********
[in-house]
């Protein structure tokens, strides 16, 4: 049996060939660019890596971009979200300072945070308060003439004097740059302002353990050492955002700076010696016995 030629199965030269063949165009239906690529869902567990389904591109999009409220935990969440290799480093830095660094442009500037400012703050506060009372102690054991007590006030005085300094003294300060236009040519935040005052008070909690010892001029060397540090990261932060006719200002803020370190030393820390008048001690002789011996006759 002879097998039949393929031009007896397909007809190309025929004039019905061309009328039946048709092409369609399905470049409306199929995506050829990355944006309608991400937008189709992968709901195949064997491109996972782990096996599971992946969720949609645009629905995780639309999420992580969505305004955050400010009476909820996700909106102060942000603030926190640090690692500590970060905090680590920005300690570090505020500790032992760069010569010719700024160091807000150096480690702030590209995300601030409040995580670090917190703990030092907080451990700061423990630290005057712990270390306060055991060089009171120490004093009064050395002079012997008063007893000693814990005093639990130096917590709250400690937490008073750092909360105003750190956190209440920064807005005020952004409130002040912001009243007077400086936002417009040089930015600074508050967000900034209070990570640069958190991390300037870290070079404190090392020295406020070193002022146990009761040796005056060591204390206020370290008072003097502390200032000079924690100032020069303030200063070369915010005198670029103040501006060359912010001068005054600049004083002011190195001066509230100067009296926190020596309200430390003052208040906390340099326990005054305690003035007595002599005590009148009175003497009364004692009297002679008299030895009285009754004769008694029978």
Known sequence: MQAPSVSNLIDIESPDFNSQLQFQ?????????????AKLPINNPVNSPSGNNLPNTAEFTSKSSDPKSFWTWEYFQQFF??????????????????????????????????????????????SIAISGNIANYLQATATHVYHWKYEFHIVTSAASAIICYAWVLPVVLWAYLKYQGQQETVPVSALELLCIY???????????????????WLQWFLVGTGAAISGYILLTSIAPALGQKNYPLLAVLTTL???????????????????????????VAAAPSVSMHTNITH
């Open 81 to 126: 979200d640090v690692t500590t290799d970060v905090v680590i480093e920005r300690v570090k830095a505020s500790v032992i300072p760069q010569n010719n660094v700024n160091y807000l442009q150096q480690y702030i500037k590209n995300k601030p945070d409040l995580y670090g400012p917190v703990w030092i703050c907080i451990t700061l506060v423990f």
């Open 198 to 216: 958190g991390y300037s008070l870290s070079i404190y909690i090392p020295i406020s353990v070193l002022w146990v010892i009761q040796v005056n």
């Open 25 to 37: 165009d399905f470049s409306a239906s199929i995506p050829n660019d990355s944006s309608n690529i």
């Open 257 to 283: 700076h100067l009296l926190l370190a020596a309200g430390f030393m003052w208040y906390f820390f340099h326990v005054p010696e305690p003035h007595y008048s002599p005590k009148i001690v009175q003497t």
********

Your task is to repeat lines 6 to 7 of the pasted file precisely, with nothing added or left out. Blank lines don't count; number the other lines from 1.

């Open 25 to 37: 165009d399905f470049s409306a239906s199929i995506p050829n660019d990355s944006s309608n690529i």
């Open 257 to 283: 700076h100067l009296l926190l370190a020596a309200g430390f030393m003052w208040y906390f820390f340099h326990v005054p010696e305690p003035h007595y008048s002599p005590k009148i001690v009175q003497t």